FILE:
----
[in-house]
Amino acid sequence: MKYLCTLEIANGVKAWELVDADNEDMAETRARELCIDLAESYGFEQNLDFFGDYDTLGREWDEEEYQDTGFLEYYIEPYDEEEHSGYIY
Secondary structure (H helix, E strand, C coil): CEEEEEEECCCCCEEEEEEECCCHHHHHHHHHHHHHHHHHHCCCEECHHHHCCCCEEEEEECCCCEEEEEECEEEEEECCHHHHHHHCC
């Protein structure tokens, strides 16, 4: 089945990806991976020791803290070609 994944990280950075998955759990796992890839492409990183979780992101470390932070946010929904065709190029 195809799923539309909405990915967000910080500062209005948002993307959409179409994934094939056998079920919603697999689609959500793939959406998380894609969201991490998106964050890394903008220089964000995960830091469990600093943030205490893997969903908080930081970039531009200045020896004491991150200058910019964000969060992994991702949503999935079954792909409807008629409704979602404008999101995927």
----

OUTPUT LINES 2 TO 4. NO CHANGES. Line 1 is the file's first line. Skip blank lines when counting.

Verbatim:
Amino acid sequence: MKYLCTLEIANGVKAWELVDADNEDMAETRARELCIDLAESYGFEQNLDFFGDYDTLGREWDEEEYQDTGFLEYYIEPYDEEEHSGYIY
Secondary structure (H helix, E strand, C coil): CEEEEEEECCCCCEEEEEEECCCHHHHHHHHHHHHHHHHHHCCCEECHHHHCCCCEEEEEECCCCEEEEEECEEEEEECCHHHHHHHCC
């Protein structure tokens, strides 16, 4: 089945990806991976020791803290070609 994944990280950075998955759990796992890839492409990183979780992101470390932070946010929904065709190029 195809799923539309909405990915967000910080500062209005948002993307959409179409994934094939056998079920919603697999689609959500793939959406998380894609969201991490998106964050890394903008220089964000995960830091469990600093943030205490893997969903908080930081970039531009200045020896004491991150200058910019964000969060992994991702949503999935079954792909409807008629409704979602404008999101995927």